What is duck typing?

— richardwb on Tuesday, January 27, 2009 @ 14:12

I found that when I started dabbling in Python that it was a bit hard to get a grasp on what duck typing actually is. You hear that it achieves polymorphism without inheritance, but that really explains very little. I have a C++/Java/C# background and it took a bit of time before that wonderful epiphany came, where all of a sudden I seemed to get a good grasp on what the concept actually is.

From the Duck typing article on Wikipedia we find that the term comes from the phrase "If it walks like a duck and quacks like a duck, I would call it a duck."

That makes perfect sense now, but it definitely didn't help further my understanding when I first came across it.

Perhaps the best way to explain would be with some code. I'm using Java here because it's wordy enough that it's understandable even if you don't know the syntax. For this "real world" example we will be designing that ever so classic "real world application of object oriented programming": the hierarchy of vehicles.

So suppose we have an existing Driver class that will drive our vehicles for us, as long as we provide the gas(), brake(), turnLeft() and turnRight() methods. In Java this would likely be expressed as an interface:

public interface IDriveable {
    public void gas();
    public void brake();
    public void turnLeft();
    public void turnRight();

And then we would have a class that implements that interface, for example:

public class Car implements IDriveable {
    public void gas() {
        System.out.println("Vroom vroom");
    public void brake() {
    public void turnLeft() {
    public void turnRight() {

And the Driver class would be similar to:

public class Driver {
    public void drive(IDriveable vehicle) {

And the main class:

public class Start {
    public static void main(String[] args) {
        Car c = new Car();
        Driver d = new Driver();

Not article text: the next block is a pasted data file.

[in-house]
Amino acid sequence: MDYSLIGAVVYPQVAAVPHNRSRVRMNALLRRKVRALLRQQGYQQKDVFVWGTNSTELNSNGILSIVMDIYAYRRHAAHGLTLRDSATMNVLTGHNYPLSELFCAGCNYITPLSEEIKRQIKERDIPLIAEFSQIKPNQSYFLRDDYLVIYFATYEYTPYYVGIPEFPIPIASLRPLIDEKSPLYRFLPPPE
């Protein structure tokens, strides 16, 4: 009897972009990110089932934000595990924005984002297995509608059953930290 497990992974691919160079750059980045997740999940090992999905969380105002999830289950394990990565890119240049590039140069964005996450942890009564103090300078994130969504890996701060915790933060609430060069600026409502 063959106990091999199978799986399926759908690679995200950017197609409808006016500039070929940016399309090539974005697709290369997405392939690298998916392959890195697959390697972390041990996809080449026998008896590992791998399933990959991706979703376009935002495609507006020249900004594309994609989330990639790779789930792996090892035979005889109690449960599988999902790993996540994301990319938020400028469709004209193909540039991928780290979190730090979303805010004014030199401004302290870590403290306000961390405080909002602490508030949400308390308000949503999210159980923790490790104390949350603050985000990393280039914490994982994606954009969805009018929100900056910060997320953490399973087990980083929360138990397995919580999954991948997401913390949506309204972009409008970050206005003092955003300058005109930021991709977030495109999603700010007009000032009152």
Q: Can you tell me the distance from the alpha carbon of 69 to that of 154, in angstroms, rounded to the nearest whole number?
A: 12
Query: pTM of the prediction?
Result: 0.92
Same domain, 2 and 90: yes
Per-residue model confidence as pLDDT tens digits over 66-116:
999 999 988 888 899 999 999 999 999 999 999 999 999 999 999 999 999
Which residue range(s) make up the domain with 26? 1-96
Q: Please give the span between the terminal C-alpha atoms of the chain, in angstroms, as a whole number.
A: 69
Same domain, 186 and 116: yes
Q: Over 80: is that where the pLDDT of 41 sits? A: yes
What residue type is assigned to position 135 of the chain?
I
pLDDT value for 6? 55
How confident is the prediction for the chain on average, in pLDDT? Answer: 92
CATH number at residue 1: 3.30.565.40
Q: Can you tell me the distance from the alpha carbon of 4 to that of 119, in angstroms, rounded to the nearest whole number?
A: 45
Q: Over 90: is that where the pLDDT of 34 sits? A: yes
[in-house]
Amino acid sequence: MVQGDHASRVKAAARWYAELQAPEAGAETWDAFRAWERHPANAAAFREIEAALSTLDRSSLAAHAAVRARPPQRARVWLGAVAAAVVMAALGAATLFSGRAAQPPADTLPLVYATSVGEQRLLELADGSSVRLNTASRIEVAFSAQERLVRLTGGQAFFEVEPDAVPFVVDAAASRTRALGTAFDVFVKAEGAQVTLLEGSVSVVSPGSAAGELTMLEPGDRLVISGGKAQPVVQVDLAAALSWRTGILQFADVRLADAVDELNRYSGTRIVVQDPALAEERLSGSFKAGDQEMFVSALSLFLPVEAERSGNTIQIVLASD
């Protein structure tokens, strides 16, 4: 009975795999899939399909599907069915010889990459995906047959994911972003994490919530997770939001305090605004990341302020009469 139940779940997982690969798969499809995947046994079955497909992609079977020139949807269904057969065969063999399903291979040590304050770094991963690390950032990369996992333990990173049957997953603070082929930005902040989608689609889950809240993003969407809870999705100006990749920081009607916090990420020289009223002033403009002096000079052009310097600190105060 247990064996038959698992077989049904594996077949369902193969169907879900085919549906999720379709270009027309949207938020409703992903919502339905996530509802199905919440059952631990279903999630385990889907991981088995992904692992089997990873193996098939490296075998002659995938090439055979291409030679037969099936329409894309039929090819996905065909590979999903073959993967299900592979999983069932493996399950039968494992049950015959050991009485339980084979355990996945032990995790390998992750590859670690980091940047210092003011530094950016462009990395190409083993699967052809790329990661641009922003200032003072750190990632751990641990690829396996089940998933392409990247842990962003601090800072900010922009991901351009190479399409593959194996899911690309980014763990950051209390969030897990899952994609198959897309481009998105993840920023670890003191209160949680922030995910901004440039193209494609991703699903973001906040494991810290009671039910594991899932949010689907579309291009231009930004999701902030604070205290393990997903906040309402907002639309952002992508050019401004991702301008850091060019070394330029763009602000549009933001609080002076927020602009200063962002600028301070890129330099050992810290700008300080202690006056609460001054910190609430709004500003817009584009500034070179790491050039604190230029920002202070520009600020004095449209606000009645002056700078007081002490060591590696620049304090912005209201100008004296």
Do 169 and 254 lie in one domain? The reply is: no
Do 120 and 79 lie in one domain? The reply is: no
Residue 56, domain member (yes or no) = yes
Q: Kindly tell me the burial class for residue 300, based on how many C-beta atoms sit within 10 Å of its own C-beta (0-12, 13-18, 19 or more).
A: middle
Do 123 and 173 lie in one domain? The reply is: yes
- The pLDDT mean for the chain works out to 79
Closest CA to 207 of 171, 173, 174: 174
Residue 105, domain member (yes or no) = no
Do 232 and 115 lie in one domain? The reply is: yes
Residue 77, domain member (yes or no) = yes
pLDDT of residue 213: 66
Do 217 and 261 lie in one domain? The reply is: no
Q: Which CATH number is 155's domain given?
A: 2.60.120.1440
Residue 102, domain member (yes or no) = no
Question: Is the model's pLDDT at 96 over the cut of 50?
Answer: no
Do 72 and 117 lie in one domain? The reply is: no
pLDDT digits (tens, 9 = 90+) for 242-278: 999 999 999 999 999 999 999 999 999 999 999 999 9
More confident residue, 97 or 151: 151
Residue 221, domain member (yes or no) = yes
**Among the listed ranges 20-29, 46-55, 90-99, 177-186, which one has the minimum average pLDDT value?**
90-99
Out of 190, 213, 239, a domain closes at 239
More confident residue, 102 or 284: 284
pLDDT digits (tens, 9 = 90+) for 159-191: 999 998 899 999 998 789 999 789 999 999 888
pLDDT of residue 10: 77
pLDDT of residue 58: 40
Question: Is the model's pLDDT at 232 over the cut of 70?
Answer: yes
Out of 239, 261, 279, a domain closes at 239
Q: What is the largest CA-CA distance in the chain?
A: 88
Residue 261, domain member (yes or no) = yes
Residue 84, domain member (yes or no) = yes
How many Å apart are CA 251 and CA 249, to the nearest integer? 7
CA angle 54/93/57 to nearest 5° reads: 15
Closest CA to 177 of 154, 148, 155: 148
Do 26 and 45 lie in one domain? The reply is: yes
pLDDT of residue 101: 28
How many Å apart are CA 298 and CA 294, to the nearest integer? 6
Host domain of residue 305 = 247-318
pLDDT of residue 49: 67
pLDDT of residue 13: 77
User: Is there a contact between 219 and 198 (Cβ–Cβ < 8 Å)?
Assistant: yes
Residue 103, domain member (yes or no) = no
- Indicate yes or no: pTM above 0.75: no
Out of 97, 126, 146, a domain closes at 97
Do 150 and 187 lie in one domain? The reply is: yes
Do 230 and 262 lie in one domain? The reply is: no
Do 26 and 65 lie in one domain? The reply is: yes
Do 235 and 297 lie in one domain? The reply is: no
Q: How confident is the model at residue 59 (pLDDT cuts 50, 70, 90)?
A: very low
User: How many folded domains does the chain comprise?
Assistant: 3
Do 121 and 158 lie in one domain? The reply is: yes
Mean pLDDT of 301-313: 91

Sample output:

Vroom vroom

This is standard OOP stuff, where as long as our class implements the IDriveable interface, it'll be driveable by the Driver class. If the class does not implement that interface, the code will not even compile.

If we bring duck typing into the picture, things change. Instead of having a defined interface (IDriveable) which must be implemented, all we require is that a given class implements the specific methods needed. There is no strict interface. In Python our code would look like:

class Car:
    def gas(self):
        print "Vroom vroom"
    def brake(self):
        print "Screeeechhhh!"
    def turnLeft(self):
        print "Left"
    def turnRight(self):
        print "Right"

class Driver:
    def drive(self, vehicle):

c = Car()
d = Driver()

Which produces the same output as above.

Let's add a new class to the Python code:

class Pencil:
    def gas(self):
        print "Scribble scribble"
    def turnLeft(self):
        print "Left pencil turn?"
    # note that turnRight is missing!
    def brake(self):
        print "PUT YOUR PENCILS DOWN"

Although Pencil having these methods makes absolutely no sense, we could pass this to the drive() method and there will be no errors. Yep, even though Pencil doesn't implement turnRight(), because turnRight() is never called, all this code will run, error free!

We have a Pencil that can gas(), turnLeft(), and brake(), just like a Car. What is the difference between them, as far as this code is concerned? None!

This is what duck typing is. If a class acts like another class, it can substitute for that class. There's no need for there to be strictly defined relationships between classes.

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